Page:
SUNDAY’S READINGS | April 17, 2022
In the Nicene Creed, we say, “For our sake, he was crucified under Pontius Pilate; he suffered death and was buried. On the third day he rose again.” The third day is revisited in your hearing. We stand in the moment and miracle of Christ’s glorious Resurrection from the dead, and we live and breathe its magnificent power. Drawing from Scripture and the liturgy, we are bold to say Christ has delivered us from the power of the enemy; he has overcome death. In his Resurrection, he offers healing and life to those who are oppressed.
Darkness has been vanquished by this new day, Christ the Morning Star that knows no setting. He has paid for us the debt of Adam’s sin and by his blood created a new and faithful people. Today we are delivered from the gloom of sin and restored to grace and holiness of life. The bonds of death and hell are shattered. Wickedness is put to flight, innocence restored, freedom found, and joy given in full measure.
Christ is alive, and he is our one true and final joy.
There will be an endmost coming. Speaking of the last day, St. Paul says, “Then comes the end, when he hands over the kingdom to God the Father, after he has destroyed every ruler and every authority and power. For he must reign until he has put all his enemies under his feet. The last enemy to be destroyed is death” (1 Cor. 15:24-26). In the end, Christ will be all in all. In this middle period in which we live, not by sight but by faith, the risen Lord has given us the first fruits of the Resurrection, a foretaste, a real awareness and conviction that we advance in the power of the Resurrection. Indeed, we have sacramentally died and risen in union with him so that the only life we can most deeply claim is the life of Christ in us. “It is no longer I who live, but Christ who lives in me” (Gal. 2:20).
The prophet Isaiah gives a series of images that fill out a vision of this new life. “For I am about to create new heavens and a new earth; … I am about to create Jerusalem as a joy, and its people as a delight. … No more shall the sound of weeping be heard in it, or the cry of distress. No more shall there be in it an infant that lives but a few days, or an old person who does not live out a lifetime; … They shall build houses and inhabit them; they shall plant vineyards and eat their fruit. … They shall not labor in vain, or bear children for calamity; for they shall be offspring blessed by the Lord” (Isa. 65:17-23). The resurrection of Jesus Christ is the inauguration of this new world of joy and life, security and length of days, hope that casts out fear, a hunger and thirst for righteousness, the protest of laughter, and the determination to go on toward the upward call of God in Christ. The Resurrection is life itself.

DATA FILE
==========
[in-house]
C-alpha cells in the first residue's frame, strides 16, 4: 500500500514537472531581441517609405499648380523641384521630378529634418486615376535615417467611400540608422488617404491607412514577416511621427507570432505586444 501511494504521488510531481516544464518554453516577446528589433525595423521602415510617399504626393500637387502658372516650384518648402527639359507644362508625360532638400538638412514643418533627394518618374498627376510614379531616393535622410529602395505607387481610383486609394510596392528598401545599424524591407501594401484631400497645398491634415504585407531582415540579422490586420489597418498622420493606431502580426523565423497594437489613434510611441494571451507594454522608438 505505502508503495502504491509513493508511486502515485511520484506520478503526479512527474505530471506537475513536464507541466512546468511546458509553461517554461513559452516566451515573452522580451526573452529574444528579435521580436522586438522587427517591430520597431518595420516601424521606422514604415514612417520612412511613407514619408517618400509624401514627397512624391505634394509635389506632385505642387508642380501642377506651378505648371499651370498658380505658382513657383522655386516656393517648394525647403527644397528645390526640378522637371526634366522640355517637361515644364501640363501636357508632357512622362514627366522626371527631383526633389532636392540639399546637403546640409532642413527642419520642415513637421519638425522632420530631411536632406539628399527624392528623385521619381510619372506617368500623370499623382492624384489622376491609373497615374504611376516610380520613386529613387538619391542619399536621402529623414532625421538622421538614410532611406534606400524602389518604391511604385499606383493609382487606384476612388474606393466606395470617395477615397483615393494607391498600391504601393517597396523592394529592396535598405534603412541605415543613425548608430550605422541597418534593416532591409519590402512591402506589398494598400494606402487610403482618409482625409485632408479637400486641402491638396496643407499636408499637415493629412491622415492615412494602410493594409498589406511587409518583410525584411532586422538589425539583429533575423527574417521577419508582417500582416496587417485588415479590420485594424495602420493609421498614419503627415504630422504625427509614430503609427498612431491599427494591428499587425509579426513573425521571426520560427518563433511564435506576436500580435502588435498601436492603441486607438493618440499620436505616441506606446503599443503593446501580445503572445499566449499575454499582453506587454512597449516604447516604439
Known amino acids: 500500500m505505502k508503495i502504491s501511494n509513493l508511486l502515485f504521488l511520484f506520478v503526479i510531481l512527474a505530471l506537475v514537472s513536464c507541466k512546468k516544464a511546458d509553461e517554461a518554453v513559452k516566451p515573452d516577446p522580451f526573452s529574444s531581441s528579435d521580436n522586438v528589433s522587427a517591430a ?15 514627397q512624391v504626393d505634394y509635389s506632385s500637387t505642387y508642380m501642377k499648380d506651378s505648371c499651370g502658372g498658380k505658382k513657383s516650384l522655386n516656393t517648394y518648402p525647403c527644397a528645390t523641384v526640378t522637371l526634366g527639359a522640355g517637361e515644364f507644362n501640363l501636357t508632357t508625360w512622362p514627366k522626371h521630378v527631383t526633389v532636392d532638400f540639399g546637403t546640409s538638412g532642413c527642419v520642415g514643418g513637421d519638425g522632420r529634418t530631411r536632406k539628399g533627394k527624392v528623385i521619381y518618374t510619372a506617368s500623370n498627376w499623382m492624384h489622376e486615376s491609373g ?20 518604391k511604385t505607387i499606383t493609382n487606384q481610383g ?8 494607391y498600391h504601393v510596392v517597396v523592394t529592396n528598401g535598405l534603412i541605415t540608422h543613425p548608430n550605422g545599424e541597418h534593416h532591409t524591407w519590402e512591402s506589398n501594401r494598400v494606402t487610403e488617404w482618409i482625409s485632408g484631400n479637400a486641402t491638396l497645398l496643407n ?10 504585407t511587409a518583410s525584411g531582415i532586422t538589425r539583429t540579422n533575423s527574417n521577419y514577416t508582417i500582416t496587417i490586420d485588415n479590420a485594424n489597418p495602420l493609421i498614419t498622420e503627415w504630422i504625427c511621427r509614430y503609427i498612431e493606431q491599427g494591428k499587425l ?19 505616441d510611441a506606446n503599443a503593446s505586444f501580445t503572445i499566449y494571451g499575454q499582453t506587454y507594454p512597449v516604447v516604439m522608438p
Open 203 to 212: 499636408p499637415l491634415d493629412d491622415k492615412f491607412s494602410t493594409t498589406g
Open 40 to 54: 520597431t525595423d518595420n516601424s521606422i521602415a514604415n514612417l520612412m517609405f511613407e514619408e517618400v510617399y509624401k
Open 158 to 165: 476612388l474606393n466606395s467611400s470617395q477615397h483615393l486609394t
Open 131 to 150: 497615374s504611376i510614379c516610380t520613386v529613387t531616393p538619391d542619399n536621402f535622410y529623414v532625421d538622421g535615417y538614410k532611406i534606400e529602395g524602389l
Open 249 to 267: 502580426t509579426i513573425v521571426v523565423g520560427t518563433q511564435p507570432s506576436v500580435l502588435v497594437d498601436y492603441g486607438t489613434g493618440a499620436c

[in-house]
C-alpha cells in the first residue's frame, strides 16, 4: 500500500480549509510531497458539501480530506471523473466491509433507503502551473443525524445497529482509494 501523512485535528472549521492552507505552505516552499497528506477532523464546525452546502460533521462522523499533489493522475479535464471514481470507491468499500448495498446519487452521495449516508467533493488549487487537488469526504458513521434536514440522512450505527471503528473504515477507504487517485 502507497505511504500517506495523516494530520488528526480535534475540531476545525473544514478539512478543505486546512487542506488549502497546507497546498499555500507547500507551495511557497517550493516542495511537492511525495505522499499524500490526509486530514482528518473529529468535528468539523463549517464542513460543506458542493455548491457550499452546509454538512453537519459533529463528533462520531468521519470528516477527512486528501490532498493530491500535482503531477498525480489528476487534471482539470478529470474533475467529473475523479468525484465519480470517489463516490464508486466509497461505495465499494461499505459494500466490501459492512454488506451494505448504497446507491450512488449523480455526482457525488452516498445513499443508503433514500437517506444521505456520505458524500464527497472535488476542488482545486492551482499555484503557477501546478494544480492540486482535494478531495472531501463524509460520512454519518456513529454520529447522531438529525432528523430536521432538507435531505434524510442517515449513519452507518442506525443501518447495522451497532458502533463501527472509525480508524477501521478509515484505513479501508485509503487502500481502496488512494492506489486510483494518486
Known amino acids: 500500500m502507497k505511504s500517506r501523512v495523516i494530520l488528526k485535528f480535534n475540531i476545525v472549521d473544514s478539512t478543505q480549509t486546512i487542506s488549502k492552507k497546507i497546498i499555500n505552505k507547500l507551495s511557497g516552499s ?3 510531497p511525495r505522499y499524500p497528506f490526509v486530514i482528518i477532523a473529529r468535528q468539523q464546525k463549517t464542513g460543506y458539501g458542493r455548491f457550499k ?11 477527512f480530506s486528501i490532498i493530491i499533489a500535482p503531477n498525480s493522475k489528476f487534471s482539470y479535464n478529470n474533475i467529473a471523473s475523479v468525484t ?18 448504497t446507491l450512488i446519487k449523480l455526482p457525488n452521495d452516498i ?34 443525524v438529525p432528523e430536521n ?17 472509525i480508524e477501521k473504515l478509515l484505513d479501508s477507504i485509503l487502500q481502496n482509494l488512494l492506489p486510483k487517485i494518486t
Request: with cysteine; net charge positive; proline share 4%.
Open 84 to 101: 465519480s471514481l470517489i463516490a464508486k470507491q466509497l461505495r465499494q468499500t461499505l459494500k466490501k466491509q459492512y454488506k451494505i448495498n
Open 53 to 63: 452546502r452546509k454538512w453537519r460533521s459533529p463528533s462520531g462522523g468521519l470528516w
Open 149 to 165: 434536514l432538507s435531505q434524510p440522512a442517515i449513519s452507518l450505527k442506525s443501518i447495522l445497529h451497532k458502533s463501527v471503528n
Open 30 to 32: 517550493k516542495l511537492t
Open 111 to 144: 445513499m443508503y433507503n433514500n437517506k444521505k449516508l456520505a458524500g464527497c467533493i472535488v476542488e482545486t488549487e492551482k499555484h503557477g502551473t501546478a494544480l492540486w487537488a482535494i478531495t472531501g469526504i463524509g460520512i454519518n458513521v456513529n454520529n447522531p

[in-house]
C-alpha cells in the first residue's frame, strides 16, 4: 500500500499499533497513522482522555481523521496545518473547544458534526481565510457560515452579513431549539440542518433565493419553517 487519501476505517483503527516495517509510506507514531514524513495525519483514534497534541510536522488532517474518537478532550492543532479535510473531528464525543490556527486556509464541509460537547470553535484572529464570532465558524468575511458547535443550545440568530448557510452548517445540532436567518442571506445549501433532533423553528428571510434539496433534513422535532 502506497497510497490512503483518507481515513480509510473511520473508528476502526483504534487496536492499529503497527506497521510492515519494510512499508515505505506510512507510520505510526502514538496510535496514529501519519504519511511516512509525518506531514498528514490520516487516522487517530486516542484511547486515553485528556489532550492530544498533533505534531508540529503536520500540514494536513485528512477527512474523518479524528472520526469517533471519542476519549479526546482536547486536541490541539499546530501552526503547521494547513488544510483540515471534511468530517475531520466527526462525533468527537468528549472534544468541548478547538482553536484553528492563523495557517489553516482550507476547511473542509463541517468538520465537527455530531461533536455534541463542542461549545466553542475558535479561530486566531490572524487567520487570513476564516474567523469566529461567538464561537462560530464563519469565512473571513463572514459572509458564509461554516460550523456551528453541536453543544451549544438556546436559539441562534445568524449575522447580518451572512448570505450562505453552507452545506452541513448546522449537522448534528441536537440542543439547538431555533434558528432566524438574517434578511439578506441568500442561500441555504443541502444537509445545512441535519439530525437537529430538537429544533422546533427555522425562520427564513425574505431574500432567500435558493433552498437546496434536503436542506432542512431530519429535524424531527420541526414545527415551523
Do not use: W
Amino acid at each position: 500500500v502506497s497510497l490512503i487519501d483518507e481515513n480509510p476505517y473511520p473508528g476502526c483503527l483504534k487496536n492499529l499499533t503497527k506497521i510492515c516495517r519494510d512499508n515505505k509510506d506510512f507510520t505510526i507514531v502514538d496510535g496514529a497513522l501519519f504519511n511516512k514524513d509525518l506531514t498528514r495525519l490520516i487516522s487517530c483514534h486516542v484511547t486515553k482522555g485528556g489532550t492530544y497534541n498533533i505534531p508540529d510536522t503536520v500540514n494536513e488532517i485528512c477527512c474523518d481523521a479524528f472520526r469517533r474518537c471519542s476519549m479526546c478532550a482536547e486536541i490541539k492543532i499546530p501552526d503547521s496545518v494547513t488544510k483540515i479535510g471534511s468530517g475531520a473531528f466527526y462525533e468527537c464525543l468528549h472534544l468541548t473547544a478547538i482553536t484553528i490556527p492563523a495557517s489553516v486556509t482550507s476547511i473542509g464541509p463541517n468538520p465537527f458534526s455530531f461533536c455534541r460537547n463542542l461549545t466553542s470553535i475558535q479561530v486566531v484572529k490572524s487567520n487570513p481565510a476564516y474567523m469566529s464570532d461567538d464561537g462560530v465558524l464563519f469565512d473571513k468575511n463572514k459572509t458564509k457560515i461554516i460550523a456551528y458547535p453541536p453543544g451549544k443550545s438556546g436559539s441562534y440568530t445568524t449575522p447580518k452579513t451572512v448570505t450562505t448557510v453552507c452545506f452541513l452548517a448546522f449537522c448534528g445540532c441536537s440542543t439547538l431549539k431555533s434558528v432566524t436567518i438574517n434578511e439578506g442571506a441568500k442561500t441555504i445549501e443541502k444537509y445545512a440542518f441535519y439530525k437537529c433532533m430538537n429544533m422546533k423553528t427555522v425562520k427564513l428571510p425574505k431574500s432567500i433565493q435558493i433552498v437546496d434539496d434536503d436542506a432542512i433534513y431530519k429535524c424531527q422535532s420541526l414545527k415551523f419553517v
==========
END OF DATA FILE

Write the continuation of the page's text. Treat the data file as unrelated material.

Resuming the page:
We do well, says poet Wendell Berry, “to practice resurrection.” In a sense, Jesus is practicing it for us. He seems to be a gardener when he addresses Mary Magdalene by name. With his voice, he breaks open her heart to plant the seed of his new life. “Go to my brothers and say to them, ‘I am ascending to my Father and your Father, to my God and your God’” (John 20:17).
Joy has come this morning!
Look It Up: Psalm 118:17
Think About It: Repeat this verse.